In an effort to settle the problem, Eriogonum abertianum and related species were studied in the herbaria of Pomona College, California Academy of Sciences, Los Angeles Museum, and the University of California, Berkeley. The material examined included isotypes and cotypes of E. pinetorum Greene, E. cyclosepalum Greene, E. arizonicum Gandoger, Eriogonum abertianum var. neomexicanum Gandoger, and Eriogonum abertianum var. ruberrimum Gandoger. Dr. Gleason had photographed for me at the New York Botanical Garden the type of Eriogonum abertianum in the Torrey Herbarium.

As shown by these photographs, Dr. Torrey had at hand only one sheet which bears material collected by Abert. This sheet contains two specimens, one a small fragment of the top of a plant, labelled “July 17, Lt. Abert,” and another marked “Oct. 14th, 1846, Emory.” A careful study of Emory’s Report shows that on July 17 Lieutenant Abert was near the junction of the Pawnee River with the Arkansas River, in Pawnee County, Kan- sas, considerably out of the present range of the species, and on October 14, Emory was along the Rio Grande, apparently in Sierra County, New Mexico. Both of these plants seem to be Eriogonum abertianum var. neomexicanum Gandoger. The other sheet in Torrey’s herbarium bears four specimens. The plant on the left of the sheet, no. 1, collected in August by Dr. Bigelow from “Near San Diego (Vail, of R. Grande)” is Eriogonum abertianum var. bracteatum. The remaining three specimens should all be referred to Eriogonum abertianum var. cyclosepalum. They were collected in Mexico by Dr. Parry: no. 2 at Chihuahua; nos. 3 and 4 from Janos [Janas?], northern Chihuahua. All of these plants were named simply ” Eriogonum abertianum” by Torrey.

The groups of plants in this complex are best treated as varieties of a single species, Eriogonum abertianum Torr., because of the insignificance of the characters in which they differ. Miss S. G. Stokes (The Genus Eriogonum, 36. 1936) recognizes subsp. typicum and subsp. lappulaceum, considering other described segregates as mere ecological variations. The varieties treated in this paper, except var. lappulaceum would be included by her in subsp. typicum. Since these plants as observed in the field do not behave as ecological variants, I cannot agree with her treatment.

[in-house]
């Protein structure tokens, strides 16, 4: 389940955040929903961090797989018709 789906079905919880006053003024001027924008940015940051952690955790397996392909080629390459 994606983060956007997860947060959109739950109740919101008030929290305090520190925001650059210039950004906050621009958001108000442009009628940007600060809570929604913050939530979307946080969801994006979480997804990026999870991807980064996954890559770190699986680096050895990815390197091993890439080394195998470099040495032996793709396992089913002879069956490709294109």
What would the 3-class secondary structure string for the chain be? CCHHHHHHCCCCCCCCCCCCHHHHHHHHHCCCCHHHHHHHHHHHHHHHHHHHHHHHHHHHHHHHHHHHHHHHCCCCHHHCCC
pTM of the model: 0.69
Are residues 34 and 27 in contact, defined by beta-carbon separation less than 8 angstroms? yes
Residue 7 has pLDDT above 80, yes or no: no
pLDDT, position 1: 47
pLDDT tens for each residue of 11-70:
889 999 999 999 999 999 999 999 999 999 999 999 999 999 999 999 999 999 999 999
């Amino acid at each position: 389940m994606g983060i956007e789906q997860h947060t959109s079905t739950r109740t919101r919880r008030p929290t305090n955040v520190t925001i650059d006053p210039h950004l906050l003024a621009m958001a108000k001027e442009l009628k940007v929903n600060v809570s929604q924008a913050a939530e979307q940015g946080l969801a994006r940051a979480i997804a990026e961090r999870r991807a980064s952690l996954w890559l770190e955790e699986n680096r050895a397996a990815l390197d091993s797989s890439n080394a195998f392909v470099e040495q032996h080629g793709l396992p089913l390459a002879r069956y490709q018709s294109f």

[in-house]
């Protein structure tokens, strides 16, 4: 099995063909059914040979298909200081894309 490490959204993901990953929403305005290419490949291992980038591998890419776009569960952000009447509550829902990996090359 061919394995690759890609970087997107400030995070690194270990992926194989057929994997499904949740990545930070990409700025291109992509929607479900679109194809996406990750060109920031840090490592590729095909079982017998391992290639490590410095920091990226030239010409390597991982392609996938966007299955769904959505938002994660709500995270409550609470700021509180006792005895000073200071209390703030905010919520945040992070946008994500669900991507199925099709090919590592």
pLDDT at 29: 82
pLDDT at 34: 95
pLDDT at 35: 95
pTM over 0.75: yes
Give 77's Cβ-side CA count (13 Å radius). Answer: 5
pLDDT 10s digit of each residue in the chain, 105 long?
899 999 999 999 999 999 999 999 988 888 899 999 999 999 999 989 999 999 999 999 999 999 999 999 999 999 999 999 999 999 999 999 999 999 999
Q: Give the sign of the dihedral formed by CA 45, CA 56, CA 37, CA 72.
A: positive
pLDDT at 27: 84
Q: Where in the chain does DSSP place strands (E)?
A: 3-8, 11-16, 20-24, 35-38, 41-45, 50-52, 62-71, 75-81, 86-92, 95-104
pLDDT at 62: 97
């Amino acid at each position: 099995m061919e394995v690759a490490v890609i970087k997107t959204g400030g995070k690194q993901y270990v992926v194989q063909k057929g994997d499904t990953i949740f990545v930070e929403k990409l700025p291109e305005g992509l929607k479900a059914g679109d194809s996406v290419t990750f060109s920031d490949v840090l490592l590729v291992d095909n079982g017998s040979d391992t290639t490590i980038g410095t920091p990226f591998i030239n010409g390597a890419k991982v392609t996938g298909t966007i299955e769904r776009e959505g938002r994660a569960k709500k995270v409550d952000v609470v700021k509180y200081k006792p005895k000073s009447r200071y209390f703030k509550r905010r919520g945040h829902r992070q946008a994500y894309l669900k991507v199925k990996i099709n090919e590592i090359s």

1. Eriogonum abertianum Torr. var. neomexicanum Gandoger, in Compt. Rend. Soc. Bot. Belg. 42: 196. 1906. E. pinetorum Greene, Muhlenbergia 6: 3. 1910.

Erect plants, soft villous but not conspicuously whitish except on young parts, seldom branched at base but usually repeatedly dichotomously or trichotomously branched above into a definite panicle, peduncles and upper branches usually filiform ; petioles 1— 2 cm. long, leaves near base broadly oblong-ovate to narrowly ovate, obtuse to acute at apex, truncate to attenuate at base, reduced above to small linear bracts 5 mm. or less long in the paniculate inflorescence ; peduncles 0.5—3 cm. long, filiform, usually 1 at a node, surmounted by a single turbinate involucre, 2— 2.5 mm. high, 3 mm. in diameter with lanceolate lobes usually 2.5—4 mm. long; flowers rather numerous, exserted on fine filiform pedicels, the rather spherical inflorescence 5—10 mm. in diameter; outer sepals 2.5—3 mm. broad, circular or slightly longer than broad, membranous-scarious, yellowish-white, tinged with red.

Specimens examined. Kansas. Arkansas River, Pawnee Co., July 17, 1846, Lt. Abert (type, New York Bot. Gard.). Arizona. Tucson, Thornber 196; Tucson, May 10, 1896, J. W. Tourney; Outlaw Canon, Chiricahua Mts., Goodding 2373; Pearce, Cochise Co., Aug. 19, 1910, W. TV. Jones; Antelope, C. A. Purpus 52; Clifton, A. Davidson 4^5. New Mexico. Rio Grande, Sierra Co., Oct. 14, 1846, Lt. Emory (cotype). Dona Ana County: vicinity of Pyramid (Bishop’s Cap) Peak, Mesilla Valley, south end of the Organ Mts., F. R. Fosberg S3300, S3Jf87, S3550, 83653, S3700, S37U, S3790, S3794* S3801, S£047j mesa west of the Organ Mts., Oct. 17, 1903, E. 0. Wooton; Organ Mts., E. 0. Wooton 1^27 (type of var. neomexicanum) ; Mogollon Mts., Sierra Co., H. L. Rusby 359.

2. Eriogonum abertianum Torr. var. ruberrimum Gandoger, in Compt. Rend. Soc. Bot. Belg. 42: 196. 1906.

Similar to var. neomexicanum but with peduncles mostly under 0.5 cm. long; flowers just as numerous in the involucre, but not so far exserted, heads very compact, 5—6 mm. in diameter; outer sepals 1.5—2 mm. broad, nearly circular, dark reddish in color.

Specimens examined. Mexico. Near Casas Grandes, Chihuahua, C. H. T. Townsend $ C. M. Barker 369 (type).